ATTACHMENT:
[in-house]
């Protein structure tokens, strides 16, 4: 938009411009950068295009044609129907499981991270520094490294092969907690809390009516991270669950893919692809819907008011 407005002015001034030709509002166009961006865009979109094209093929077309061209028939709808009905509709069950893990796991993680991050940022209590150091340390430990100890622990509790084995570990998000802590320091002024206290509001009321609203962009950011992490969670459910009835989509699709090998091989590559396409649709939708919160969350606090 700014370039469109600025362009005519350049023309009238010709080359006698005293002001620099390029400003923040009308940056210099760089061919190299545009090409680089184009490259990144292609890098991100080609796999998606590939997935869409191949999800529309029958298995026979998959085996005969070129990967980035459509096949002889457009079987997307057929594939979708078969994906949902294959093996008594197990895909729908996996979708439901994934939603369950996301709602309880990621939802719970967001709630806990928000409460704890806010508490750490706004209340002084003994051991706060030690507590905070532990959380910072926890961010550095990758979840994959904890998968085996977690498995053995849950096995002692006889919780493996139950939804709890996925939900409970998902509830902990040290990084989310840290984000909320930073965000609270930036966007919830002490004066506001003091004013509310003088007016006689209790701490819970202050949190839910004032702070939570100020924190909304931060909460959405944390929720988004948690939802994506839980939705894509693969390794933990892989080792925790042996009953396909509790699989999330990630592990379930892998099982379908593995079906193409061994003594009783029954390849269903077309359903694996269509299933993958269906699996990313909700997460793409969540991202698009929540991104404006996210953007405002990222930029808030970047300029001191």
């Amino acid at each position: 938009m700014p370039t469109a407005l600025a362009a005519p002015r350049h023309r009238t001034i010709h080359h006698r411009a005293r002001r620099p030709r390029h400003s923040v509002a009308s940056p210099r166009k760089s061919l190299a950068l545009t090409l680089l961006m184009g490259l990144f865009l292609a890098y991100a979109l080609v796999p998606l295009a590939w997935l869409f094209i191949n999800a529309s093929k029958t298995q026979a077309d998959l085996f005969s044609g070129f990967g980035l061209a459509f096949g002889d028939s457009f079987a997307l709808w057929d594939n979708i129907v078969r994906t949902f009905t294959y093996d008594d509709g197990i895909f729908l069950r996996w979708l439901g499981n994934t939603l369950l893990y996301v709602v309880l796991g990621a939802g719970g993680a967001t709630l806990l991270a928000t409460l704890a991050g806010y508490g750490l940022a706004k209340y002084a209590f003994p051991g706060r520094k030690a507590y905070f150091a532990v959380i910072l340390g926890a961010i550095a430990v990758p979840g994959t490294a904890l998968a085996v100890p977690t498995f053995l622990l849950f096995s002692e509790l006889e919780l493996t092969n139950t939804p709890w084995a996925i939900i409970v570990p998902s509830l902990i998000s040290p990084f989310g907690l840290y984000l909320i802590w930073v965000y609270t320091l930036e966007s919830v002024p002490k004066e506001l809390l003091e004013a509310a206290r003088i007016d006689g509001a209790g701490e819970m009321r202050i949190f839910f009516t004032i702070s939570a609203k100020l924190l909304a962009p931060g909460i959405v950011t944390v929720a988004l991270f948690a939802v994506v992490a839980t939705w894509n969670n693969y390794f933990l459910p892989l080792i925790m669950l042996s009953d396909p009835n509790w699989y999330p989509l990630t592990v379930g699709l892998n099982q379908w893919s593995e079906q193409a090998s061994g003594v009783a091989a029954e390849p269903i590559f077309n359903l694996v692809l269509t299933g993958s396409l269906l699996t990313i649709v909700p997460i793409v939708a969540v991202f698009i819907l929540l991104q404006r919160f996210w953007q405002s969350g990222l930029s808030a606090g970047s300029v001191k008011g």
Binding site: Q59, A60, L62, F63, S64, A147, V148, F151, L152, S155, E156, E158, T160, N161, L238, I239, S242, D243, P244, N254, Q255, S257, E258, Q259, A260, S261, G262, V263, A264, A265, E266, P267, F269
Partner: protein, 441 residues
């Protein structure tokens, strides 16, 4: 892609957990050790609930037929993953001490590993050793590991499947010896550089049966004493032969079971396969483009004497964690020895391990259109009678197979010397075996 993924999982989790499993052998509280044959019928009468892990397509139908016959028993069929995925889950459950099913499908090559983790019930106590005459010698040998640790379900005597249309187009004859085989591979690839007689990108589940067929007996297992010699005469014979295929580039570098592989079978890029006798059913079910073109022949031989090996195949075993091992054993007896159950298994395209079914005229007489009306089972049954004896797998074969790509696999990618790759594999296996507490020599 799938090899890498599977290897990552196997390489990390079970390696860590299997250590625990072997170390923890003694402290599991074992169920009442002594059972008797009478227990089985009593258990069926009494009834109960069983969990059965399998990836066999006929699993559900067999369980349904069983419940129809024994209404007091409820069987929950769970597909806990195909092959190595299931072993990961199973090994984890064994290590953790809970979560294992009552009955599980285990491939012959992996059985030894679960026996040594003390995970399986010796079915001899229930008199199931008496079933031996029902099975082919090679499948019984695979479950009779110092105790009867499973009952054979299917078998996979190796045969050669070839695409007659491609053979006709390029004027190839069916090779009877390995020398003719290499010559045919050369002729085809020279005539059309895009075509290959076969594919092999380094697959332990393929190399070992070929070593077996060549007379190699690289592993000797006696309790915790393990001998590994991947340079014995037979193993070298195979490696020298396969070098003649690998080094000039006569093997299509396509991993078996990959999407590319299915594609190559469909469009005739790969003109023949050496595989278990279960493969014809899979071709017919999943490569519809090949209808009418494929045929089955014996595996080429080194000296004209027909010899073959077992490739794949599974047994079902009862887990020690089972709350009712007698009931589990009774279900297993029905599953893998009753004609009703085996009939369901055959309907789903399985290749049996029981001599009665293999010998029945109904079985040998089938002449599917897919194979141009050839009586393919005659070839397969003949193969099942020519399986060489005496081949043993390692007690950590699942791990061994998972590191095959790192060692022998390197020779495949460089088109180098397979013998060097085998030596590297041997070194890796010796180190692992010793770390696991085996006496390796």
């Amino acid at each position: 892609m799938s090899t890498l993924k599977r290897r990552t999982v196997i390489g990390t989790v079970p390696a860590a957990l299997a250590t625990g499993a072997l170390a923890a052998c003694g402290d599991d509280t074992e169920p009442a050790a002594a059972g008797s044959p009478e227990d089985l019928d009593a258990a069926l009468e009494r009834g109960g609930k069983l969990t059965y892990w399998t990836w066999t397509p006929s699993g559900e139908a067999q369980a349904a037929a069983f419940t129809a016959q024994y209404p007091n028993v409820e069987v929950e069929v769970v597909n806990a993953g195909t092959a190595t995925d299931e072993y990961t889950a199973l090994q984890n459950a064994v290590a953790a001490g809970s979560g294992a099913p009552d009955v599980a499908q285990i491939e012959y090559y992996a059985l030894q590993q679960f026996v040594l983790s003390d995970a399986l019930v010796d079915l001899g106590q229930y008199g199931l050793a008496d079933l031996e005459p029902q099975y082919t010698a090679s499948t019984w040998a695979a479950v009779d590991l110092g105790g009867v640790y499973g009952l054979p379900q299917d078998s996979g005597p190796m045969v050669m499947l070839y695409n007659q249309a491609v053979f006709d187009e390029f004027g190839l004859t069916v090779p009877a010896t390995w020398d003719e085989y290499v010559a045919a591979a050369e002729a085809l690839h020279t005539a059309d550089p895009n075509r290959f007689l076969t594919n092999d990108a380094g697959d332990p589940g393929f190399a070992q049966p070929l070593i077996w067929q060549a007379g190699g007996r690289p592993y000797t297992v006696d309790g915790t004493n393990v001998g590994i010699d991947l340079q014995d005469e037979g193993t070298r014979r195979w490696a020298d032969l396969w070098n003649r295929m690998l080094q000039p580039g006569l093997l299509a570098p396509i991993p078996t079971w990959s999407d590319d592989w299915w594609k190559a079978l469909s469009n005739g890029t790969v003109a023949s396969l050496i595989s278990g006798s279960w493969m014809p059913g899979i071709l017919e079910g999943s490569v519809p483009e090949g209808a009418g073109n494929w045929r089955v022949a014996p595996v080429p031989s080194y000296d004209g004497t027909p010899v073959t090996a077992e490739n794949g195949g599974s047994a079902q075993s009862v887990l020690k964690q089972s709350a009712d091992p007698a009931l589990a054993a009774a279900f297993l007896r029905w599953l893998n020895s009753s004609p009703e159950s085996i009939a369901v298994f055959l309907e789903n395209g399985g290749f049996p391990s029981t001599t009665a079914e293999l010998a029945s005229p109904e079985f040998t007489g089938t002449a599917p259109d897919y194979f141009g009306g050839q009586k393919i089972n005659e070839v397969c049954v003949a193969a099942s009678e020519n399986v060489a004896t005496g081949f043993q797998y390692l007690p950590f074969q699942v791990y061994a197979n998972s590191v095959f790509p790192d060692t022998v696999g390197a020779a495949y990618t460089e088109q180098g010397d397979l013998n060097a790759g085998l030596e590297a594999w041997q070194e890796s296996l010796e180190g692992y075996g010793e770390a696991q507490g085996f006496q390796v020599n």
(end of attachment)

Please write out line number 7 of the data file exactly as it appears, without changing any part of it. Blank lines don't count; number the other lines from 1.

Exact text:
């Amino acid at each position: 892609m799938s090899t890498l993924k599977r290897r990552t999982v196997i390489g990390t989790v079970p390696a860590a957990l299997a250590t625990g499993a072997l170390a923890a052998c003694g402290d599991d509280t074992e169920p009442a050790a002594a059972g008797s044959p009478e227990d089985l019928d009593a258990a069926l009468e009494r009834g109960g609930k069983l969990t059965y892990w399998t990836w066999t397509p006929s699993g559900e139908a067999q369980a349904a037929a069983f419940t129809a016959q024994y209404p007091n028993v409820e069987v929950e069929v769970v597909n806990a993953g195909t092959a190595t995925d299931e072993y990961t889950a199973l090994q984890n459950a064994v290590a953790a001490g809970s979560g294992a099913p009552d009955v599980a499908q285990i491939e012959y090559y992996a059985l030894q590993q679960f026996v040594l983790s003390d995970a399986l019930v010796d079915l001899g106590q229930y008199g199931l050793a008496d079933l031996e005459p029902q099975y082919t010698a090679s499948t019984w040998a695979a479950v009779d590991l110092g105790g009867v640790y499973g009952l054979p379900q299917d078998s996979g005597p190796m045969v050669m499947l070839y695409n007659q249309a491609v053979f006709d187009e390029f004027g190839l004859t069916v090779p009877a010896t390995w020398d003719e085989y290499v010559a045919a591979a050369e002729a085809l690839h020279t005539a059309d550089p895009n075509r290959f007689l076969t594919n092999d990108a380094g697959d332990p589940g393929f190399a070992q049966p070929l070593i077996w067929q060549a007379g190699g007996r690289p592993y000797t297992v006696d309790g915790t004493n393990v001998g590994i010699d991947l340079q014995d005469e037979g193993t070298r014979r195979w490696a020298d032969l396969w070098n003649r295929m690998l080094q000039p580039g006569l093997l299509a570098p396509i991993p078996t079971w990959s999407d590319d592989w299915w594609k190559a079978l469909s469009n005739g890029t790969v003109a023949s396969l050496i595989s278990g006798s279960w493969m014809p059913g899979i071709l017919e079910g999943s490569v519809p483009e090949g209808a009418g073109n494929w045929r089955v022949a014996p595996v080429p031989s080194y000296d004209g004497t027909p010899v073959t090996a077992e490739n794949g195949g599974s047994a079902q075993s009862v887990l020690k964690q089972s709350a009712d091992p007698a009931l589990a054993a009774a279900f297993l007896r029905w599953l893998n020895s009753s004609p009703e159950s085996i009939a369901v298994f055959l309907e789903n395209g399985g290749f049996p391990s029981t001599t009665a079914e293999l010998a029945s005229p109904e079985f040998t007489g089938t002449a599917p259109d897919y194979f141009g009306g050839q009586k393919i089972n005659e070839v397969c049954v003949a193969a099942s009678e020519n399986v060489a004896t005496g081949f043993q797998y390692l007690p950590f074969q699942v791990y061994a197979n998972s590191v095959f790509p790192d060692t022998v696999g390197a020779a495949y990618t460089e088109q180098g010397d397979l013998n060097a790759g085998l030596e590297a594999w041997q070194e890796s296996l010796e180190g692992y075996g010793e770390a696991q507490g085996f006496q390796v020599n």